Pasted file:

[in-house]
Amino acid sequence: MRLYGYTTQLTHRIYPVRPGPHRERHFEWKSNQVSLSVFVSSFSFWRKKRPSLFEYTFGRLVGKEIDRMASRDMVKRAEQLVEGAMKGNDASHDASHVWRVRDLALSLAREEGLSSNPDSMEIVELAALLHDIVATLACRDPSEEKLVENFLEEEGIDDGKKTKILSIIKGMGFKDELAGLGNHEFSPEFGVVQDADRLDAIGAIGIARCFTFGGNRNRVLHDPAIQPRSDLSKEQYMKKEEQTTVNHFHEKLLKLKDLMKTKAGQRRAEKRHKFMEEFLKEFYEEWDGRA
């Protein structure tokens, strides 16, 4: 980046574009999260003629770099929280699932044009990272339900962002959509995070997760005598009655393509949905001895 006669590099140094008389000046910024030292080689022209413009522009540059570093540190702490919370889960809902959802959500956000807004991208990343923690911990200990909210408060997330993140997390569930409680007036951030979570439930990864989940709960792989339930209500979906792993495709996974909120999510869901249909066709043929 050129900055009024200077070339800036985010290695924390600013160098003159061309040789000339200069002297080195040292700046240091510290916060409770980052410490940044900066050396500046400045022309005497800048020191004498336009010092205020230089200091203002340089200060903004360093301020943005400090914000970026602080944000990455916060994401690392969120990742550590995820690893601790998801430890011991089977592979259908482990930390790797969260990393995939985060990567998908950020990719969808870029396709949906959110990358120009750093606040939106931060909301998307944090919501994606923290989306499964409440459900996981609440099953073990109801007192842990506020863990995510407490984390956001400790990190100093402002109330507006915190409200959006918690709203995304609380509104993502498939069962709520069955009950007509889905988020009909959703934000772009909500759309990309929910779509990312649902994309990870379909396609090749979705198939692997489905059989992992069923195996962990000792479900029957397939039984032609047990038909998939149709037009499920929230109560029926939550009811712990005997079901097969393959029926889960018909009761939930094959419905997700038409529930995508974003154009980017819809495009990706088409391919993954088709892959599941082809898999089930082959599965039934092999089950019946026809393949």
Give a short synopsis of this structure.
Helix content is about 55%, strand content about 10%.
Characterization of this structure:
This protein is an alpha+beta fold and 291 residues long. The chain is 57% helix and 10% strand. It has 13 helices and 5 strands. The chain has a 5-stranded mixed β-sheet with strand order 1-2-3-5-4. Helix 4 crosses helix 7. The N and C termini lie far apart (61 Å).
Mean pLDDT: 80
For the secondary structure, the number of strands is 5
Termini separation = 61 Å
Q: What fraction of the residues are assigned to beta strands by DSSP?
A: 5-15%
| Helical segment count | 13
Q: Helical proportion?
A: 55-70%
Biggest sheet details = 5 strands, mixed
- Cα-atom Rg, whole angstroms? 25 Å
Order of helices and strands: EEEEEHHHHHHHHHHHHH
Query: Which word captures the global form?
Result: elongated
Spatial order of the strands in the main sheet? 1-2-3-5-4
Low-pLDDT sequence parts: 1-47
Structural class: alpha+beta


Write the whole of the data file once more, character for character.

[in-house]
Amino acid sequence: MRLYGYTTQLTHRIYPVRPGPHRERHFEWKSNQVSLSVFVSSFSFWRKKRPSLFEYTFGRLVGKEIDRMASRDMVKRAEQLVEGAMKGNDASHDASHVWRVRDLALSLAREEGLSSNPDSMEIVELAALLHDIVATLACRDPSEEKLVENFLEEEGIDDGKKTKILSIIKGMGFKDELAGLGNHEFSPEFGVVQDADRLDAIGAIGIARCFTFGGNRNRVLHDPAIQPRSDLSKEQYMKKEEQTTVNHFHEKLLKLKDLMKTKAGQRRAEKRHKFMEEFLKEFYEEWDGRA
């Protein structure tokens, strides 16, 4: 980046574009999260003629770099929280699932044009990272339900962002959509995070997760005598009655393509949905001895 006669590099140094008389000046910024030292080689022209413009522009540059570093540190702490919370889960809902959802959500956000807004991208990343923690911990200990909210408060997330993140997390569930409680007036951030979570439930990864989940709960792989339930209500979906792993495709996974909120999510869901249909066709043929 050129900055009024200077070339800036985010290695924390600013160098003159061309040789000339200069002297080195040292700046240091510290916060409770980052410490940044900066050396500046400045022309005497800048020191004498336009010092205020230089200091203002340089200060903004360093301020943005400090914000970026602080944000990455916060994401690392969120990742550590995820690893601790998801430890011991089977592979259908482990930390790797969260990393995939985060990567998908950020990719969808870029396709949906959110990358120009750093606040939106931060909301998307944090919501994606923290989306499964409440459900996981609440099953073990109801007192842990506020863990995510407490984390956001400790990190100093402002109330507006915190409200959006918690709203995304609380509104993502498939069962709520069955009950007509889905988020009909959703934000772009909500759309990309929910779509990312649902994309990870379909396609090749979705198939692997489905059989992992069923195996962990000792479900029957397939039984032609047990038909998939149709037009499920929230109560029926939550009811712990005997079901097969393959029926889960018909009761939930094959419905997700038409529930995508974003154009980017819809495009990706088409391919993954088709892959599941082809898999089930082959599965039934092999089950019946026809393949």
Give a short synopsis of this structure.
Helix content is about 55%, strand content about 10%.
Characterization of this structure:
This protein is an alpha+beta fold and 291 residues long. The chain is 57% helix and 10% strand. It has 13 helices and 5 strands. The chain has a 5-stranded mixed β-sheet with strand order 1-2-3-5-4. Helix 4 crosses helix 7. The N and C termini lie far apart (61 Å).
Mean pLDDT: 80
For the secondary structure, the number of strands is 5
Termini separation = 61 Å
Q: What fraction of the residues are assigned to beta strands by DSSP?
A: 5-15%
| Helical segment count | 13
Q: Helical proportion?
A: 55-70%
Biggest sheet details = 5 strands, mixed
- Cα-atom Rg, whole angstroms? 25 Å
Order of helices and strands: EEEEEHHHHHHHHHHHHH
Query: Which word captures the global form?
Result: elongated
Spatial order of the strands in the main sheet? 1-2-3-5-4
Low-pLDDT sequence parts: 1-47
Structural class: alpha+beta